The countercyclical capital buffer was introduced within the Basel III framework and represents one of the main macroprudential policy instruments. Its goal is to limit excessive credit growth that leads to the build-up of systemic risks. The countercyclicality of the buffer serves the main purpose of macroprudential policy, which is to reduce systemic risks. In the event of negative shocks, the countercyclical buffer should help the financial system to avoid a significant deterioration of lending to the economy and thus help prevent a further worsening of conditions in the financial sector and the economy as a whole.
The countercyclical buffer should be met by using only Common Tier 1 capital and is determined in the range of 0%-2.5% of total risk-weighted assets. It is determined on a quarterly basis and, whenever necessary, the countercyclical buffer is changed by 0.25 percentage points or by a multiple of that amount. In the event of a rate increase, capital requirements should be met within one year; however, in the event of a rate reduction, the requirements should be met immediately.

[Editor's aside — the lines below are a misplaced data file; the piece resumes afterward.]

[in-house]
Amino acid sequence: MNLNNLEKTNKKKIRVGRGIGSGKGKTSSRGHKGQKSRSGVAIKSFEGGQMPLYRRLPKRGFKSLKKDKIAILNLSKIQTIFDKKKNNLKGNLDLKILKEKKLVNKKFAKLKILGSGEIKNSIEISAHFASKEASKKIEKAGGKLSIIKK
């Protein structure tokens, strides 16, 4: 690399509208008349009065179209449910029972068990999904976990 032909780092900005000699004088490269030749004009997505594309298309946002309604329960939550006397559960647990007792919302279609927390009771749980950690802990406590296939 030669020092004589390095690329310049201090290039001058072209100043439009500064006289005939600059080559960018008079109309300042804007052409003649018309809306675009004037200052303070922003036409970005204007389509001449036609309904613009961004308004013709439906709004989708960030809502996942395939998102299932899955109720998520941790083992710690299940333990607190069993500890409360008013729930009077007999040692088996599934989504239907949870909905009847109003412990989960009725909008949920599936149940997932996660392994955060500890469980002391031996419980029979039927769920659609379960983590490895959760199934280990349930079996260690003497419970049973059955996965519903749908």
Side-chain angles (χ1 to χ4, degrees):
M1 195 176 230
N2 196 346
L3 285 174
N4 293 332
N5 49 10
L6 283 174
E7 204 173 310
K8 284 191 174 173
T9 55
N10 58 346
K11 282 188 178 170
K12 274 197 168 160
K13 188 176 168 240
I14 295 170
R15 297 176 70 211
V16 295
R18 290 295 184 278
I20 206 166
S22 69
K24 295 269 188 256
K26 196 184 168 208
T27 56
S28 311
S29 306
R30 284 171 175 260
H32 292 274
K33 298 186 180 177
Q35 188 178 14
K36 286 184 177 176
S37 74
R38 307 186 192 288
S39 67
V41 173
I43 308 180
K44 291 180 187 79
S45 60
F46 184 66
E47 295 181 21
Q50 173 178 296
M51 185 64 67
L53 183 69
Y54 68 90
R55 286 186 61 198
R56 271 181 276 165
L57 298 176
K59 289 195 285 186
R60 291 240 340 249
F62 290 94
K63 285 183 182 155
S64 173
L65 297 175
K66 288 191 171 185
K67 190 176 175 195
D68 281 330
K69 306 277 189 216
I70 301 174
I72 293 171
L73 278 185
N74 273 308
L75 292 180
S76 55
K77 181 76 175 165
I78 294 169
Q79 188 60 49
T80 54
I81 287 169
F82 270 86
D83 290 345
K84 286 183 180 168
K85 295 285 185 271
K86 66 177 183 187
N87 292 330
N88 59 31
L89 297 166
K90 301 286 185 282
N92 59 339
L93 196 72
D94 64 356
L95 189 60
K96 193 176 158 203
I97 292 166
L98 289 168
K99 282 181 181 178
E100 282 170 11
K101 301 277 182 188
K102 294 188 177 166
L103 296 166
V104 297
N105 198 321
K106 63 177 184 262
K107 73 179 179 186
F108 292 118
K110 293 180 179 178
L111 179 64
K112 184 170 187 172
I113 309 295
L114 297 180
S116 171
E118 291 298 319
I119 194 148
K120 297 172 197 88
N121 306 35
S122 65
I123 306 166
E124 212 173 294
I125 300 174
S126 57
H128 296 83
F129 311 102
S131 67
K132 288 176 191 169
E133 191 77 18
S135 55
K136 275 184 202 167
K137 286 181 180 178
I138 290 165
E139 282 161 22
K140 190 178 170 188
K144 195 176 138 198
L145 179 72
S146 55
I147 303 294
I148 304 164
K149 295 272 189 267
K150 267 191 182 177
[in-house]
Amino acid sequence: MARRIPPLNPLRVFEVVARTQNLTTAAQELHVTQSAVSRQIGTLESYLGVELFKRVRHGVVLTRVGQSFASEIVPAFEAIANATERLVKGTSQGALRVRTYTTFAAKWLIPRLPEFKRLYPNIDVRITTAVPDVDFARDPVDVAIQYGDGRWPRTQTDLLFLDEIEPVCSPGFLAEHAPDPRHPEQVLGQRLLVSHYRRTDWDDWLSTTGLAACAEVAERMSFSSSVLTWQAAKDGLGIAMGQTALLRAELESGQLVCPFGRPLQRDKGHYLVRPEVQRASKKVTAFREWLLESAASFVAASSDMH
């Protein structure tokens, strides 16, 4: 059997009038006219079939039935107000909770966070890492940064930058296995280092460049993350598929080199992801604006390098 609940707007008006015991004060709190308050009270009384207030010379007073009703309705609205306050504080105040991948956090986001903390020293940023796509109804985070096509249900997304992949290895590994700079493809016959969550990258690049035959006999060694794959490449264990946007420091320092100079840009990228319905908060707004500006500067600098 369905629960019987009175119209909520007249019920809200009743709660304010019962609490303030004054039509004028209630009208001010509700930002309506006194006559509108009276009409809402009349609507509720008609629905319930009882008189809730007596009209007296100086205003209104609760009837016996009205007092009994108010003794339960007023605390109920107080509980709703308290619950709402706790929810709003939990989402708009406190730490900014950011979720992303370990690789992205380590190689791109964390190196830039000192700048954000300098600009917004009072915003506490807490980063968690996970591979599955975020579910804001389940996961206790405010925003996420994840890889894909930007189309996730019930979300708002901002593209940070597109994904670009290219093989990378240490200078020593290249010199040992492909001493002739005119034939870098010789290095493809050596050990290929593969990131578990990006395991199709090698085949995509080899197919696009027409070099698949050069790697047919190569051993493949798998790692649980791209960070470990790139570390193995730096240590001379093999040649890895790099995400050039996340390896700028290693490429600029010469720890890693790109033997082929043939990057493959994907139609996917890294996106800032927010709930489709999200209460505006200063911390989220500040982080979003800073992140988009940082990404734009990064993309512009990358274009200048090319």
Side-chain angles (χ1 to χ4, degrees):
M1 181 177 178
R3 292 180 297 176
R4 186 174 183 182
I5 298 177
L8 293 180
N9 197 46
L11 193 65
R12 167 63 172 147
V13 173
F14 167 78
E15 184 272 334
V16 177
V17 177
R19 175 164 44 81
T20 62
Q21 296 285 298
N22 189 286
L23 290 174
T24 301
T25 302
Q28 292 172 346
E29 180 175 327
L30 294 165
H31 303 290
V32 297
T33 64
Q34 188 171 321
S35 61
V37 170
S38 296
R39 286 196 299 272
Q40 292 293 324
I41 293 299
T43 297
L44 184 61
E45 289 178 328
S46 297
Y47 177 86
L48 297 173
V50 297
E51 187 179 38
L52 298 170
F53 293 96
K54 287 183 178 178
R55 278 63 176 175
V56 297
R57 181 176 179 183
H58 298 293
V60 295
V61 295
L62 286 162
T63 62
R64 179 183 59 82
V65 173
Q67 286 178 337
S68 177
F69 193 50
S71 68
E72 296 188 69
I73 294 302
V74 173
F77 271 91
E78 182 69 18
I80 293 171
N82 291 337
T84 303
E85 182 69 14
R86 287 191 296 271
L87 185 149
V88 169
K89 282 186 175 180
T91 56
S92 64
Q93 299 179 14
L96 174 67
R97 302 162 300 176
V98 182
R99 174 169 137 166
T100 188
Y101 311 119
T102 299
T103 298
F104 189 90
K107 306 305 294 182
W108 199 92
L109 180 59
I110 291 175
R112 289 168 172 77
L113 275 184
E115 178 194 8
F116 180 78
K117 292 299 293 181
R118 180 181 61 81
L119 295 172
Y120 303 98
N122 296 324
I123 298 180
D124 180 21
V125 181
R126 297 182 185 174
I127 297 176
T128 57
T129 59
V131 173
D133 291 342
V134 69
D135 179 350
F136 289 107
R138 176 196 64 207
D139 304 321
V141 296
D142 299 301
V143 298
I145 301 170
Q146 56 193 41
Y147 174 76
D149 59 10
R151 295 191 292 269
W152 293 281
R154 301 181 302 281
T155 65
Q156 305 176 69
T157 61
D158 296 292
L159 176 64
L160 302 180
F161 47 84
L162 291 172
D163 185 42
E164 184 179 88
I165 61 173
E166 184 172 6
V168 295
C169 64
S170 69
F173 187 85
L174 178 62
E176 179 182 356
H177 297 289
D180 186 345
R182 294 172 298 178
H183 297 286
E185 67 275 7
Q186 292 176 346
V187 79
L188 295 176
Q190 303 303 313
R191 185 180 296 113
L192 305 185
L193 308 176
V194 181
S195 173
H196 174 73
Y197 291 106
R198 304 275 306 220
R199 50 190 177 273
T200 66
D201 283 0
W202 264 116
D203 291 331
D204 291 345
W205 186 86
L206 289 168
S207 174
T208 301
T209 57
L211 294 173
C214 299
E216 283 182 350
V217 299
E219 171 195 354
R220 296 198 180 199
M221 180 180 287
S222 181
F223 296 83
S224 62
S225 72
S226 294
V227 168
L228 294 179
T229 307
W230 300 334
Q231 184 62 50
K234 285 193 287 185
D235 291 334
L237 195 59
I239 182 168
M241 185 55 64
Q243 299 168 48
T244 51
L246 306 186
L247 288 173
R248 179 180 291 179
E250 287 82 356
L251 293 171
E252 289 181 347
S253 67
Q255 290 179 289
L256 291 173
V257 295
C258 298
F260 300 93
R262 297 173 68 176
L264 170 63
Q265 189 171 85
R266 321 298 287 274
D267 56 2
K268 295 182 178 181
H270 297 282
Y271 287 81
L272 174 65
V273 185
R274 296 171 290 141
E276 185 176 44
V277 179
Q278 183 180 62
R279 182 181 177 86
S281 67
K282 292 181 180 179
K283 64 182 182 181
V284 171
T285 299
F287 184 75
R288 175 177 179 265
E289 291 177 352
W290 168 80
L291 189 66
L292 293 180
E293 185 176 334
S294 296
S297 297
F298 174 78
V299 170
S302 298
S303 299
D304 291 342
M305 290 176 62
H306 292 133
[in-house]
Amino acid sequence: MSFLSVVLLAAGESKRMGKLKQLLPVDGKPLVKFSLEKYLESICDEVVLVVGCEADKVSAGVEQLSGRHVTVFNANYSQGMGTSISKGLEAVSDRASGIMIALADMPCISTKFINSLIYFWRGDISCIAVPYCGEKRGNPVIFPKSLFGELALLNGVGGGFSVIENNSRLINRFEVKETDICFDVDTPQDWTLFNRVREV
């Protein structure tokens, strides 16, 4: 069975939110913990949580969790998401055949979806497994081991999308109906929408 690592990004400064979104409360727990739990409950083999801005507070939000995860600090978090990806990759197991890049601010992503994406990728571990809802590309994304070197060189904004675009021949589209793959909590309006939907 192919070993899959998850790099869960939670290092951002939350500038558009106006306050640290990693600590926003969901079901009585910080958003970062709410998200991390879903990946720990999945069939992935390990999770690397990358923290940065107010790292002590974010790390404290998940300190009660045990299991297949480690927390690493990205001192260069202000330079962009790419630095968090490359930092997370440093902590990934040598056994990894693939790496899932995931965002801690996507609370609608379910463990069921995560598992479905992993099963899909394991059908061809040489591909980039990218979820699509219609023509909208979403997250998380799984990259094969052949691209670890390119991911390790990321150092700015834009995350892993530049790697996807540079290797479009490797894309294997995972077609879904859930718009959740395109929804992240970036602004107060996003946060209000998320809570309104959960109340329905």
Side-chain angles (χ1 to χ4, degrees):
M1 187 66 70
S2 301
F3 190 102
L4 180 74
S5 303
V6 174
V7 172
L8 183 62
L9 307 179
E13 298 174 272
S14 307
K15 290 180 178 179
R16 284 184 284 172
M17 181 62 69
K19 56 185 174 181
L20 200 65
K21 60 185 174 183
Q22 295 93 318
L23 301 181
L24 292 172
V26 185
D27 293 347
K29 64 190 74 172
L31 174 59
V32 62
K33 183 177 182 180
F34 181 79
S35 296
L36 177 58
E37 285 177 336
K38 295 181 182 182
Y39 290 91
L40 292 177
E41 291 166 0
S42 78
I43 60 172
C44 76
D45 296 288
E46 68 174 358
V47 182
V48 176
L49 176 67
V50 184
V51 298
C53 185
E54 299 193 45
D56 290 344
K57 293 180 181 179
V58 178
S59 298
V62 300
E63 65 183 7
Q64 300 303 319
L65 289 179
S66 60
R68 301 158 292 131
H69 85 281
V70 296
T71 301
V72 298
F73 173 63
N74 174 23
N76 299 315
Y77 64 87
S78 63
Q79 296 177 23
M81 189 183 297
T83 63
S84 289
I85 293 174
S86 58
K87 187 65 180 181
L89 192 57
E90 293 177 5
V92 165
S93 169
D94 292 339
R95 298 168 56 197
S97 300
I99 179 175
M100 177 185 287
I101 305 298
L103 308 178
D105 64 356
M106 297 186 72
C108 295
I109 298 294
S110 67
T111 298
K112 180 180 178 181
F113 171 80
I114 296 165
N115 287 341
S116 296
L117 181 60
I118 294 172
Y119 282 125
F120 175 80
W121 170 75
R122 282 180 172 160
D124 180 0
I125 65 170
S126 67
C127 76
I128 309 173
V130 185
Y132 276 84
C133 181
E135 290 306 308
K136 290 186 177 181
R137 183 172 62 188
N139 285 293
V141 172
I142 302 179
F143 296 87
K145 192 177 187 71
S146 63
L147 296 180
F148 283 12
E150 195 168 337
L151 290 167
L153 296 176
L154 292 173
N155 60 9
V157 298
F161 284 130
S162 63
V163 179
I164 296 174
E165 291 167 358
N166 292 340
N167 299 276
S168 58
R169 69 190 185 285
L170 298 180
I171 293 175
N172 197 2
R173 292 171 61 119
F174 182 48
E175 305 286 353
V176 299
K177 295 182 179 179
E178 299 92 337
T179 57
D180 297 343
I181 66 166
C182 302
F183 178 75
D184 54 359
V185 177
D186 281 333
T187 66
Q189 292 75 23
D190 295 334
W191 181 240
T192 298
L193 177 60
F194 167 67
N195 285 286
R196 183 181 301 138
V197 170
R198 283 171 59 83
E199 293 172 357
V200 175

In determining the countercyclical capital buffer, an analysis of a number of factors is taken into account, including the credit-to-GDP ratio and indicators describing its deviation from the long-run trend; trends in lending; other indicators of the financial sector’s cyclical position; and characteristics of the country's domestic and external macro-financial environment and etc.